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Climate litigation: pension scheme trustee case dismissed but scrutiny continues

Bruno Rucinski at Allen & Overy LLP

Bruno Rucinski, trainee solicitor at Allen & Overy LLP, examines what the dismissal of the climate case against directors of the corporate trustee of one of the UK’s largest pension schemes, the Universities Superannuation Scheme (USS), means for future claims against directors.

  • In July 2023, the English Court of Appeal dismissed a suit brought by two academics against the directors of the USS, one of the UK’s largest pension schemes.
  • To bring a successful ‘multiple derivative’ suit, claimants must establish that they have a legitimate interest in the company’s action by demonstrating not only that they suffered harm but also that the harm relates to or correlates with the harm to the company.
  • Despite procedural and evidential hurdles, future claimants are unlikely to be deterred from raising such challenges because they compel those defending the claim to provide substantive evidence, which is likely to involve disclosure and resulting public scrutiny of corporate decision-making.

The USS is one of the largest private occupational pension schemes in the UK. It provides retirement benefits for academic staff in higher education institutions, and is administered by its corporate trustee, the Universities Superannuation Scheme Limited (USSL).

Why did two academics raise a lawsuit against directors of one of the largest UK pension schemes?

The two academics, Dr Ewan McGaughey and Prof Neil Davies, are both members of the scheme. In May 2021, the USS announced its ambition to be net zero by 2050, “if not before”. In order to achieve this goal, the USS published a list of “likely actions”. These included:

  1. reviewing and possibly changing the benchmarks the USS use to guide and measure performance to ensure that these take carbon (and other ESG factors) into account;
  2. ensuring that assets owned by the USS are resilient in the face of a move to a Net Zero world; and
  3. divesting over time from high carbon sectors which are at financial risk from the transition.

Despite this statement, the academics asserted, inter alia, that the directors of USSL acted in breach of their duties under sections 171 and 172 of the Companies Act 2006 (CA) by failing to act for proper purposes, including to make investments that avoid a significant risk of financial detriment to the scheme and its beneficiaries.

Alternatively, they contended that the directors had not taken into account relevant considerations (including the results of an ethical investment survey of members in 2020) by failing to have an immediate plan, which also constituted a breach of sections 171 and 172.

‘Statutory derivative claims’ vs ‘multiple derivative claims’

The academics sought to challenge the directors of the USSL via a derivative action. By way of background, the rationale for the derivative action is to enable justice to be done where the wrongdoer is in control of the entity in which the cause of action is vested.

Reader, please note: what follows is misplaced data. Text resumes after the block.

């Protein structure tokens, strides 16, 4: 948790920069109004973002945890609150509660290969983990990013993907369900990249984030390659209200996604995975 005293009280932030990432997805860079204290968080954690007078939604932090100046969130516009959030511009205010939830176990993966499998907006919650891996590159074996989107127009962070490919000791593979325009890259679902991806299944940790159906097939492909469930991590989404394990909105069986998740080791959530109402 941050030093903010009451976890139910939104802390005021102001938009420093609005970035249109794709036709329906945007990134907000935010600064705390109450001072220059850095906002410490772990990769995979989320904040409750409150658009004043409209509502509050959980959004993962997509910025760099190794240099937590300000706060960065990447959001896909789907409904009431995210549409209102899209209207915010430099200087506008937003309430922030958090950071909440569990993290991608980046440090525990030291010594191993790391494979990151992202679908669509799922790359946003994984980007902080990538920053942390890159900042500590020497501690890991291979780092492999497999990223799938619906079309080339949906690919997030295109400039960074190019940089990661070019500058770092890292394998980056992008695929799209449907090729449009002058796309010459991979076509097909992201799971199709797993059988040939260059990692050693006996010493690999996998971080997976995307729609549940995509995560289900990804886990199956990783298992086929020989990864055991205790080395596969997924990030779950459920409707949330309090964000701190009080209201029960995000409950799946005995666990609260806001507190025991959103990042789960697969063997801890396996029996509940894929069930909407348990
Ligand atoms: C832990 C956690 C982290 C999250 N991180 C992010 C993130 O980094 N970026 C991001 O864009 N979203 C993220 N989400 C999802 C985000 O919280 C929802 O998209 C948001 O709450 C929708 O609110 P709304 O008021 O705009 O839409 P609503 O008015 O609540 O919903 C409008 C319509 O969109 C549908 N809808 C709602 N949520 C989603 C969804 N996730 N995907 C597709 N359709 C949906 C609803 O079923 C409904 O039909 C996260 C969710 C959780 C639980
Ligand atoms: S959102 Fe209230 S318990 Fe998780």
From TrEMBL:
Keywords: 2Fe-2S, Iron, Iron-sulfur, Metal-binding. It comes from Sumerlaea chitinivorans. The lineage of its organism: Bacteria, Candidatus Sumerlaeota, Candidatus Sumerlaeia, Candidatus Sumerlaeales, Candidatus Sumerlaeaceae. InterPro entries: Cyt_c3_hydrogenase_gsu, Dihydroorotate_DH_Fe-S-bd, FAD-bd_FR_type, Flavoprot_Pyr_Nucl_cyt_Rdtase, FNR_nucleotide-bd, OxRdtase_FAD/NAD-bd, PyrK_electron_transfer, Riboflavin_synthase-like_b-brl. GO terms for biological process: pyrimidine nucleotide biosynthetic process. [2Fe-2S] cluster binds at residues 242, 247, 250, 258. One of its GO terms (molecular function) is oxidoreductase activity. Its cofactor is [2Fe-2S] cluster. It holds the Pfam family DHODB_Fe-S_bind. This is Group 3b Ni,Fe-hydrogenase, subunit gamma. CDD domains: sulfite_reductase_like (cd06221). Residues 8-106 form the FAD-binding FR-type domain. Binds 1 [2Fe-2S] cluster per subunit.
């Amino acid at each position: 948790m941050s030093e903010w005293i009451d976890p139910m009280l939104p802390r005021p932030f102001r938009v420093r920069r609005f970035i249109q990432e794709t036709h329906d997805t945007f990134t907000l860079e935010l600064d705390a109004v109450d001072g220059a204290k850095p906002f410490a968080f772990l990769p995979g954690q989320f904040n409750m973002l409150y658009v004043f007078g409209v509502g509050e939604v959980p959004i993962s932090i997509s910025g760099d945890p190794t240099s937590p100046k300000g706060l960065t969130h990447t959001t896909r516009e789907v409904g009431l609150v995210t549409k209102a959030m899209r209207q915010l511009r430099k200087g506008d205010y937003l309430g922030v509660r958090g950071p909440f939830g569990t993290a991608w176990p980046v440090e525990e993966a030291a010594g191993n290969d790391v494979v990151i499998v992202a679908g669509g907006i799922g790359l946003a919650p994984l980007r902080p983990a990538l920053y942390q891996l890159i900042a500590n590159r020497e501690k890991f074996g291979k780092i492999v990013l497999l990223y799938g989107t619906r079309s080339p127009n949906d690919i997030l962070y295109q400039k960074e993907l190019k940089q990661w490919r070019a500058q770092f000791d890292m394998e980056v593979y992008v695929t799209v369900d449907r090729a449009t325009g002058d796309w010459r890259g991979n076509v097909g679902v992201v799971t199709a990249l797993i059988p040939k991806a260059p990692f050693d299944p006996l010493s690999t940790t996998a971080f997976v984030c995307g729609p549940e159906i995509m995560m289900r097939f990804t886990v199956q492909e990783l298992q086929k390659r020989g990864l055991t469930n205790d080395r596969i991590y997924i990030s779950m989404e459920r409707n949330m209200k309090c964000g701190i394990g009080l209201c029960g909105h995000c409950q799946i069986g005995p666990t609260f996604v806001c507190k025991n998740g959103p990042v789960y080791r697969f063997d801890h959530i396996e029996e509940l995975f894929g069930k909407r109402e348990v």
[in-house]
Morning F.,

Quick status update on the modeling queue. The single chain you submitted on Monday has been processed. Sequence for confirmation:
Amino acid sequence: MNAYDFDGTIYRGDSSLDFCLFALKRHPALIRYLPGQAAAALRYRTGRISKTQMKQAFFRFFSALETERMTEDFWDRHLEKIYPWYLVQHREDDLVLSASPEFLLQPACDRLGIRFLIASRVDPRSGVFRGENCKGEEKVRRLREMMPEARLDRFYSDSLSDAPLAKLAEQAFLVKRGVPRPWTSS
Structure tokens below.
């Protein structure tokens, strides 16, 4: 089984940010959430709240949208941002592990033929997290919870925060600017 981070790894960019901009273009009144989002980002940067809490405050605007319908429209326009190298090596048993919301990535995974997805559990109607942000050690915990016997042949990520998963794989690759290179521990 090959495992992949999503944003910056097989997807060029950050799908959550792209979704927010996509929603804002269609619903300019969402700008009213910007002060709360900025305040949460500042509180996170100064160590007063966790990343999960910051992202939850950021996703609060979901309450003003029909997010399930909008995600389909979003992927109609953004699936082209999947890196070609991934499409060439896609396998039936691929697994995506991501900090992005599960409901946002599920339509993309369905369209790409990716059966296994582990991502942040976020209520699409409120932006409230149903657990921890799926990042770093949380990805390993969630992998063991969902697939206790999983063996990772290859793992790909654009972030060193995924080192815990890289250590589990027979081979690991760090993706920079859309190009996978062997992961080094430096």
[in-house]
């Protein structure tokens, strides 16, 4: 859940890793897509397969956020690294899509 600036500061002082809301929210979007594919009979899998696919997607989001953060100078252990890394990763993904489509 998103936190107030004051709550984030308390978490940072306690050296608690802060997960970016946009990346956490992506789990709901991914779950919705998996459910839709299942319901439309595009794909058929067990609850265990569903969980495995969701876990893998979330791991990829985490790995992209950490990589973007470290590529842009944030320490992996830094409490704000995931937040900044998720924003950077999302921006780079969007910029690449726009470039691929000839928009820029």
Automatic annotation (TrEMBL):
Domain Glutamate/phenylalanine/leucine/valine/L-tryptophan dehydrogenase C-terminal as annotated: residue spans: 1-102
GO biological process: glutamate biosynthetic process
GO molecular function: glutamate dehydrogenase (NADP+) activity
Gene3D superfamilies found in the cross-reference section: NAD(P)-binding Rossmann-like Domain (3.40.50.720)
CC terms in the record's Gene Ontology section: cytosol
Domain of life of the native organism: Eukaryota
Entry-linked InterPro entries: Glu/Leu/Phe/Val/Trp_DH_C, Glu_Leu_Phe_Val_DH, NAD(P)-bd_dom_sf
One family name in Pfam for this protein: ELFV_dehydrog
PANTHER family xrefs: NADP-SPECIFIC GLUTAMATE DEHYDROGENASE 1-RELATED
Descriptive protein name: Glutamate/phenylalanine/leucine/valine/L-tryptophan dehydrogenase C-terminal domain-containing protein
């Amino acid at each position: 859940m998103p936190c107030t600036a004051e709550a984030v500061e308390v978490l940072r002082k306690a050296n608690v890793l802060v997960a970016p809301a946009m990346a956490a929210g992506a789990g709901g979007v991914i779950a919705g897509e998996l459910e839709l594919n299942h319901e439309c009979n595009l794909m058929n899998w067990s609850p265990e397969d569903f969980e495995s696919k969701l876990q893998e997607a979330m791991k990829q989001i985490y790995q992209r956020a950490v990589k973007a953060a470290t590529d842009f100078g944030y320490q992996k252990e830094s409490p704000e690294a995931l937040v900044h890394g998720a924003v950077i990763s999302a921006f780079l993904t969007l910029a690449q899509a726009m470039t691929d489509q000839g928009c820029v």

An example would be when a director defrauds a company’s investors and holds a majority of the shares. As such, the director is able to block attempts to sue for damages. However, a derivative action can be brought on behalf of the company in order to seek a remedy for a loss or harm which it has suffered which could not otherwise be remedied.

In this case, the corporate trustee, USSL, is a company limited by guarantee; it does not have shareholders. As such, the academics could not bring a derivative claim under the CA (which can only be brought by shareholders). Thus, in contrast to ClientEarth v Shell Plc and Others, discussed here, it was necessary to bring a ‘multiple derivative’ claim under common law principles. This cause of action is analogous to the statutory regime under the CA, but is broader in scope, as it can apply to non-shareholders.

Nevertheless, in order to bring a multiple derivative claim, it is first necessary to obtain permission from the court, which will only be granted where claimants can show that:

  1. they have sufficient interest or standing to pursue the claims on a derivative basis on behalf of the company or other entity;
  2. they establish a prima facie case that each individual claim falls within one of the established exceptions to the rule in Foss v Harbottle;
  3. they establish a prima facie case on the merits in respect of each claim; and
  4. it is appropriate in all the circumstances to permit them to pursue the derivative claim(s).

Challenging the High Court’s decision

In May 2022, the High Court dismissed the academics’ application for permission to continue their case. In sum, the court held that the prima facie case that the USSL had suffered any immediate financial loss as a consequence of the directors’ failure to adopt a long-term divestment plan had not been made.

The academics raised several grounds of appeal, but all were unsuccessful. A few takeaways are set out below.

A company must suffer a loss; the claimant must suffer a reflective loss 

The Court of Appeal highlighted that the derivative claim is not designed to enable shareholders or others to monitor every step taken by directors on behalf of the company. Nor is it an opportunity for someone to pursue their own grievances or claims to further their own particular interest in the name of the company.